Oracle earnings solid; takes on SAP, IBM

Oracle earnings solid; takes on SAP, IBM

Summary: Oracle reported Thursday fiscal first quarter net income of $840 million, or 16 cents a share, on revenue of $4.5 billion.

SHARE:

Oracle reported Thursday fiscal first quarter net income of $840 million, or 16 cents a share, on revenue of $4.5 billion. Excluding items, Oracle reported earnings of 22 cents a share, a penny better than Wall Street estimates.

Breaking the numbers down, Oracle reported software revenue of $3.5 billion, up 26 percent from a year ago. Database and middleware revenue was up 23 percent and applications new license revenue was up 65 percent. The company projected second quarter earnings of 26 cents a share to 27 cents a share excluding items. Those results would be in line with Wall Street estimates, according to Thomson Financial.

Oracle said it was taking share from SAP, which will likely beg to differ.

Oracle president Charles Phillips said in a statement:

"In Q1 Oracle's applications new license sales grew 65% compared to SAP's new license sales growth rate of 18% in their most recently completed quarter. We like our growth strategy of expanding into high-end industry specific vertical software as opposed to SAP's growth strategy of moving down market to sell software to small companies."

CEO Larry Ellison took on IBM and noted that Oracle wants the middleware market share crown. Ellison said:

"If we continue to grow our middleware software business at the same rate we grew it this quarter, Oracle will challenge IBM for the number one position in middleware by the end of this year."

A few notable figures:

  • New software licenses totaled $1.08 billion in the first quarter, up 35 percent from a year ago.
  • Consulting revenue was $801 million, up 25 percent from a year ago; on-demand revenue was $158 million, up 27 percent from a year ago; and education was $100 million, up 24 percent from a year ago.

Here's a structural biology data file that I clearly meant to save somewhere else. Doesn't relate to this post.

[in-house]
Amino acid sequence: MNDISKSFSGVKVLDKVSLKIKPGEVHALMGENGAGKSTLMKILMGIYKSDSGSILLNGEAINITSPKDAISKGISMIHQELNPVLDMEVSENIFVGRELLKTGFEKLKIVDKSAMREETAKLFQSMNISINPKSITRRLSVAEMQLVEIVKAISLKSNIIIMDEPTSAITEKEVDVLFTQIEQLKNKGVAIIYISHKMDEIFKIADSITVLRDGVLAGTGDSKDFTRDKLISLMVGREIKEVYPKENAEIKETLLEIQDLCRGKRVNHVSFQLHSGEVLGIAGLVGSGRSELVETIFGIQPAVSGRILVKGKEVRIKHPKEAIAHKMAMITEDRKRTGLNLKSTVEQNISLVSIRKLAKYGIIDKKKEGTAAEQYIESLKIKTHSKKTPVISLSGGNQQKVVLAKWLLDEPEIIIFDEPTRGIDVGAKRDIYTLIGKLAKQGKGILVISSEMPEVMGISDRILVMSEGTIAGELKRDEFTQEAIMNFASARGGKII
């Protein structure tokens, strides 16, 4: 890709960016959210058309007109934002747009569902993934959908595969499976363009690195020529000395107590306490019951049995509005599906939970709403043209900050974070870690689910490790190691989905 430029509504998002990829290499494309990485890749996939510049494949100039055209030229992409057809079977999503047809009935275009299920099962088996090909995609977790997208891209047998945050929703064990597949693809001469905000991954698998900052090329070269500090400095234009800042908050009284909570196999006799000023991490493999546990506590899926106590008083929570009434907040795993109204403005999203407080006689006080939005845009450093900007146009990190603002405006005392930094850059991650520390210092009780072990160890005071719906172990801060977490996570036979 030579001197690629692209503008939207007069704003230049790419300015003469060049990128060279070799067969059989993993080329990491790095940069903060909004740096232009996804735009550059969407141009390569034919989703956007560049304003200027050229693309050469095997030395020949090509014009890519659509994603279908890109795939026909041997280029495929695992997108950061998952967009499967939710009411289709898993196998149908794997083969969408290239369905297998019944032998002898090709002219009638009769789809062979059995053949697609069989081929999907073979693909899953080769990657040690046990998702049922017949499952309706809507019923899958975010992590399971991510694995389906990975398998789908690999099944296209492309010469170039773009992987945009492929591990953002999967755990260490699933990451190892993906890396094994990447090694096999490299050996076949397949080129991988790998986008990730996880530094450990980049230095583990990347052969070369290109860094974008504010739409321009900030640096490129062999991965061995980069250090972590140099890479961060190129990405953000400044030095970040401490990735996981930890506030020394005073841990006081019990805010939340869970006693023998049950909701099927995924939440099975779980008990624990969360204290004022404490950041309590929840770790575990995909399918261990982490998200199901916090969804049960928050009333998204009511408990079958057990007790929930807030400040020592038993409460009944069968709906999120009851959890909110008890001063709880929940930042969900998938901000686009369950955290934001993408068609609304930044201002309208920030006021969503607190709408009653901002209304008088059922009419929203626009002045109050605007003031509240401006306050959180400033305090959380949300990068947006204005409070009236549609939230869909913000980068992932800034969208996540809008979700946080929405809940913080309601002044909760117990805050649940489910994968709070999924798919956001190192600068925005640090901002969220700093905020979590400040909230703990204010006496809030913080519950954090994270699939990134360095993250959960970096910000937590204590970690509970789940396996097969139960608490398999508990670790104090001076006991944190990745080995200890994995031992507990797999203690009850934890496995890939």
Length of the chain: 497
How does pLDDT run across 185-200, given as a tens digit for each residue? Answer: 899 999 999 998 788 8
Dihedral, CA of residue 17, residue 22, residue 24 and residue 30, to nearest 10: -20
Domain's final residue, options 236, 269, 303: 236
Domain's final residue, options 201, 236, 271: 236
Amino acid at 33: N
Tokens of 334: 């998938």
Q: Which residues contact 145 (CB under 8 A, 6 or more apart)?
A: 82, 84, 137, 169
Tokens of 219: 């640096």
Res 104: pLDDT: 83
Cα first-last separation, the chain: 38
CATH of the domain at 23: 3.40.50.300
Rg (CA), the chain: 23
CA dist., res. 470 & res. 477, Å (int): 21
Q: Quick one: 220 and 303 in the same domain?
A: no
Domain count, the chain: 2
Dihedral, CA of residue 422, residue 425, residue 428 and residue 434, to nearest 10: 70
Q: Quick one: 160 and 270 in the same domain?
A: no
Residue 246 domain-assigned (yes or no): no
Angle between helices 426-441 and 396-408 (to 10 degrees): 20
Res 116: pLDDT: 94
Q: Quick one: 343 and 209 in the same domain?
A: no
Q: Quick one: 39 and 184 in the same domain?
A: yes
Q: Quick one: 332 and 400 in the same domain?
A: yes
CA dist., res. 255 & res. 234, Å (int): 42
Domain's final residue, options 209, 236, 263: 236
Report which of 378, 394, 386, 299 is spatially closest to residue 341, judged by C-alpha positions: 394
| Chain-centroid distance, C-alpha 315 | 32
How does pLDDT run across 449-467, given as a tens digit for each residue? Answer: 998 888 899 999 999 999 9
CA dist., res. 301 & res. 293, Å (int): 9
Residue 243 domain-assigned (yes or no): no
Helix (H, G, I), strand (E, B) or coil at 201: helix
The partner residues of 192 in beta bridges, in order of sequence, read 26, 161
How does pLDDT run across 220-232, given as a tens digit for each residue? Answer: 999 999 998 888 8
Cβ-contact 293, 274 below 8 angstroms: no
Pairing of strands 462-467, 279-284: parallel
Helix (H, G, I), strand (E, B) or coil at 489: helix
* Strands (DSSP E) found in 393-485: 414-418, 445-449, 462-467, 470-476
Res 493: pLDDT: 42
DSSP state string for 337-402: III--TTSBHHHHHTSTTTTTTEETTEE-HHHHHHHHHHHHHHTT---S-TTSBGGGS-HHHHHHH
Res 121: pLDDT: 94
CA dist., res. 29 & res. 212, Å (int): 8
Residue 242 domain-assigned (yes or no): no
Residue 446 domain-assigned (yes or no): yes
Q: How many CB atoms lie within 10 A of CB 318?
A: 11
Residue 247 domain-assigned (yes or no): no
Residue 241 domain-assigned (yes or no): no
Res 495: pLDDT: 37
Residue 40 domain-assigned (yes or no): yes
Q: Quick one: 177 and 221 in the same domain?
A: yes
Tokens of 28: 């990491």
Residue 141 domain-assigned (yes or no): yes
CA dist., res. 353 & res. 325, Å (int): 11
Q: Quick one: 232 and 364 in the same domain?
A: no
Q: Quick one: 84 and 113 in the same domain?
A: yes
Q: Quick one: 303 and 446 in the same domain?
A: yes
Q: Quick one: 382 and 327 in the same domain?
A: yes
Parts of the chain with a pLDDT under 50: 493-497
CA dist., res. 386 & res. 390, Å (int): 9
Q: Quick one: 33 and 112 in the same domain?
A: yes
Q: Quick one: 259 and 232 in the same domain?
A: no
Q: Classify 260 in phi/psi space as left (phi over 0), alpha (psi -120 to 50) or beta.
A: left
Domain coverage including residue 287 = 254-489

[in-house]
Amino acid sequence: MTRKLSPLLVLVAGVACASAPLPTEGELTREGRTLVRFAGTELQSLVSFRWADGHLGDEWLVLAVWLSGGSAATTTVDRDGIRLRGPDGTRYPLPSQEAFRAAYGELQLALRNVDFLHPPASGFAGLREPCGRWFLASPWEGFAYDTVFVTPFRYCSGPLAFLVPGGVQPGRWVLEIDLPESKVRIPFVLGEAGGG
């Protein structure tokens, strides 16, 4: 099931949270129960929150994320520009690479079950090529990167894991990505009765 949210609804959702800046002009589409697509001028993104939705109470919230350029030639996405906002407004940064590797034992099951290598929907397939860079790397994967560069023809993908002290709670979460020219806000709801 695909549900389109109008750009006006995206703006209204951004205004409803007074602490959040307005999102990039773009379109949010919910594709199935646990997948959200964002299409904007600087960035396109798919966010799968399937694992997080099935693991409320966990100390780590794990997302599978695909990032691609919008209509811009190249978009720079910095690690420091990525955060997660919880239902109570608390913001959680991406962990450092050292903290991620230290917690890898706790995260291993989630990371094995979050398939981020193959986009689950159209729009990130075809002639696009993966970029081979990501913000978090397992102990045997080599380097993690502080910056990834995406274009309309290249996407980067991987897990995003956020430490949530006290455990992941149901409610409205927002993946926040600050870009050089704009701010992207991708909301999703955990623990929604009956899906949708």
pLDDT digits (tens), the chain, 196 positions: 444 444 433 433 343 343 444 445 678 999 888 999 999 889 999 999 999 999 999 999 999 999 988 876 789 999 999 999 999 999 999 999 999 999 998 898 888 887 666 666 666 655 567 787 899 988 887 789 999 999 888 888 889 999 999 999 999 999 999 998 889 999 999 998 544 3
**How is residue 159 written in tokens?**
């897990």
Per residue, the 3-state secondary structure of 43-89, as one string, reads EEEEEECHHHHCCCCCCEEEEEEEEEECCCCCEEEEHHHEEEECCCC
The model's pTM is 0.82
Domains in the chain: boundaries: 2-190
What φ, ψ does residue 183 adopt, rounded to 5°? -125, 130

• By geography, the Americas produced first quarter revenue of $2.37 billion followed by Europe, Middle East and Africa with $1.53 billion in revenue. Asia Pacific accounted for $624 million in revenue.
  • Oracle had 77,652 employees at the end of the quarter.

Topics: SAP, Banking, Enterprise Software, IBM, Oracle, Software

Kick off your day with ZDNet's daily email newsletter. It's the freshest tech news and opinion, served hot. Get it.

Talkback

2 comments
Log in or register to join the discussion
  • What Oracle isn't telling you...

    They're strongarming their customer base on license renewals and forcing acquisition of their app server software. You either pay up and buy app server software that you won't use, or else you had better find a quick replacement for your ERP (like that's possible).
    Uber Dweeb
    • RE: What Oracle isn't telling you...

      But none of that would explain the 65% growth in applications new license revenue, would it?

      Of course 65% isn't an organic number. By my math adjusting for Hyperion, Agile, and a host of smaller acqusitions you can take about 40 points off that figure. That would still suggest 25% organic license growth, ahead of most of the competition.

      So what's driving it?
      Jason C